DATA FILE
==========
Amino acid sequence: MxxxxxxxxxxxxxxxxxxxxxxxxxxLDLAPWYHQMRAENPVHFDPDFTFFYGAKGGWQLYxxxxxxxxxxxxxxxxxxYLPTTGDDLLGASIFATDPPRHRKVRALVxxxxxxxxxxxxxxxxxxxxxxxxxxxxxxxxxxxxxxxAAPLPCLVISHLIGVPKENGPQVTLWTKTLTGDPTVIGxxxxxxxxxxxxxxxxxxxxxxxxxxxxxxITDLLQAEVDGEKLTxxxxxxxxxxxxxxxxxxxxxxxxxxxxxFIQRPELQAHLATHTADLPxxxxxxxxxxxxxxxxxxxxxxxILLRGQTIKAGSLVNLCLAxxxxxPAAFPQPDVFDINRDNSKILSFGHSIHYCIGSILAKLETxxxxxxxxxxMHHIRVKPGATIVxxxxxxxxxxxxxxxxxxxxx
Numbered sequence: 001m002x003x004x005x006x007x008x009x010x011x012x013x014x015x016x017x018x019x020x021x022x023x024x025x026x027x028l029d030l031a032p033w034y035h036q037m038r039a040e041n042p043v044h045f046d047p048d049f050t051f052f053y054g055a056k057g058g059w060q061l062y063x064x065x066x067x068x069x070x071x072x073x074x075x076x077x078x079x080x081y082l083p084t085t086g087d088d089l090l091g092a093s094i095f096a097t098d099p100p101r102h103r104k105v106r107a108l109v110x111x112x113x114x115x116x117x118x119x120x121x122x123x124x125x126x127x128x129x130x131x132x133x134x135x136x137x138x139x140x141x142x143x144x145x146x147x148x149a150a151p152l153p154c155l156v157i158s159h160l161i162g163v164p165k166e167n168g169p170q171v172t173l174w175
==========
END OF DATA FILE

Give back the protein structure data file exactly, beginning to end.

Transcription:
Amino acid sequence: MxxxxxxxxxxxxxxxxxxxxxxxxxxLDLAPWYHQMRAENPVHFDPDFTFFYGAKGGWQLYxxxxxxxxxxxxxxxxxxYLPTTGDDLLGASIFATDPPRHRKVRALVxxxxxxxxxxxxxxxxxxxxxxxxxxxxxxxxxxxxxxxAAPLPCLVISHLIGVPKENGPQVTLWTKTLTGDPTVIGxxxxxxxxxxxxxxxxxxxxxxxxxxxxxxITDLLQAEVDGEKLTxxxxxxxxxxxxxxxxxxxxxxxxxxxxxFIQRPELQAHLATHTADLPxxxxxxxxxxxxxxxxxxxxxxxILLRGQTIKAGSLVNLCLAxxxxxPAAFPQPDVFDINRDNSKILSFGHSIHYCIGSILAKLETxxxxxxxxxxMHHIRVKPGATIVxxxxxxxxxxxxxxxxxxxxx
Numbered sequence: 001m002x003x004x005x006x007x008x009x010x011x012x013x014x015x016x017x018x019x020x021x022x023x024x025x026x027x028l029d030l031a032p033w034y035h036q037m038r039a040e041n042p043v044h045f046d047p048d049f050t051f052f053y054g055a056k057g058g059w060q061l062y063x064x065x066x067x068x069x070x071x072x073x074x075x076x077x078x079x080x081y082l083p084t085t086g087d088d089l090l091g092a093s094i095f096a097t098d099p100p101r102h103r104k105v106r107a108l109v110x111x112x113x114x115x116x117x118x119x120x121x122x123x124x125x126x127x128x129x130x131x132x133x134x135x136x137x138x139x140x141x142x143x144x145x146x147x148x149a150a151p152l153p154c155l156v157i158s159h160l161i162g163v164p165k166e167n168g169p170q171v172t173l174w175